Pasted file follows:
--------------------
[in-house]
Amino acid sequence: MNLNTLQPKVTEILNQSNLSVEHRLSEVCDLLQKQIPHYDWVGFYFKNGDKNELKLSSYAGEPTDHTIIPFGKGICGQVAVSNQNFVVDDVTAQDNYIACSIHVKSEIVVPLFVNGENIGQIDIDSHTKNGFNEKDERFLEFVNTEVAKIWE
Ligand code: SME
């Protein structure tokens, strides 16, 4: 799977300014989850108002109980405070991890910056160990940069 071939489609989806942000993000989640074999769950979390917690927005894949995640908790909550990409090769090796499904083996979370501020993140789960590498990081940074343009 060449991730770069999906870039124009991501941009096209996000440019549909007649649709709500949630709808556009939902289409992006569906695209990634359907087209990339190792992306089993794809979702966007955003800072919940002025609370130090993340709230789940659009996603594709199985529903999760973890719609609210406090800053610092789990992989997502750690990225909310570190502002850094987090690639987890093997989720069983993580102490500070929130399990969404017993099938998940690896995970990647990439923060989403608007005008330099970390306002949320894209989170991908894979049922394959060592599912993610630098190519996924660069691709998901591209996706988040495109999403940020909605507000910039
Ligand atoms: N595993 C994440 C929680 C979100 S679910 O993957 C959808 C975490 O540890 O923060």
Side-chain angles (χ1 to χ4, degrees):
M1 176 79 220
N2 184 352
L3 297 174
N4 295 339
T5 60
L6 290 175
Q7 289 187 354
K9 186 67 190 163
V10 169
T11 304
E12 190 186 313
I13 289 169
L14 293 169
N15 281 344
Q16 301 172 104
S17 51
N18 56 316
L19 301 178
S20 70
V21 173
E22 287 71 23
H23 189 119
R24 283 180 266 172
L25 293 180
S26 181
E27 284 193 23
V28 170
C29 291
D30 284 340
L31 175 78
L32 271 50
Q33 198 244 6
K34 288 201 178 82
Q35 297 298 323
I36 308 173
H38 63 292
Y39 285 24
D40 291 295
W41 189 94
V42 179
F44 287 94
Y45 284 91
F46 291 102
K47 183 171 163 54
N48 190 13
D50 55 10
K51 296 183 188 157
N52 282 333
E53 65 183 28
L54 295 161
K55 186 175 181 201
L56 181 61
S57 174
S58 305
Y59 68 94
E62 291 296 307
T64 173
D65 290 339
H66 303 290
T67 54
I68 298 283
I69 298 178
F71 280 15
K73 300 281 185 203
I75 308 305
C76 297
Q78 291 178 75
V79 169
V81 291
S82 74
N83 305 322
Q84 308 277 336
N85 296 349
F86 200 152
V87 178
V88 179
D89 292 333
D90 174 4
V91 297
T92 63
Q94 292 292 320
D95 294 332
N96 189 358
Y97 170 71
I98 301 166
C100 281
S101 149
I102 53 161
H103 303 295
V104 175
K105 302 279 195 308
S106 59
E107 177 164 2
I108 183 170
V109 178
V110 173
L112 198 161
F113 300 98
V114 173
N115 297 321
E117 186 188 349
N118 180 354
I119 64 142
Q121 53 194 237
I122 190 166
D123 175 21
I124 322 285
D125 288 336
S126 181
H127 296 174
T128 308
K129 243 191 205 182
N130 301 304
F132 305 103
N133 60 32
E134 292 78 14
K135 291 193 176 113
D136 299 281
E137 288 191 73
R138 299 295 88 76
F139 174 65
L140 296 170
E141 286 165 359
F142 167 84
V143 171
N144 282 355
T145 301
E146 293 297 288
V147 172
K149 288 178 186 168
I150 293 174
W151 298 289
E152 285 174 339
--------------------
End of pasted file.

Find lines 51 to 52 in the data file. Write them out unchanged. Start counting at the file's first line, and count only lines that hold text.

N48 190 13
D50 55 10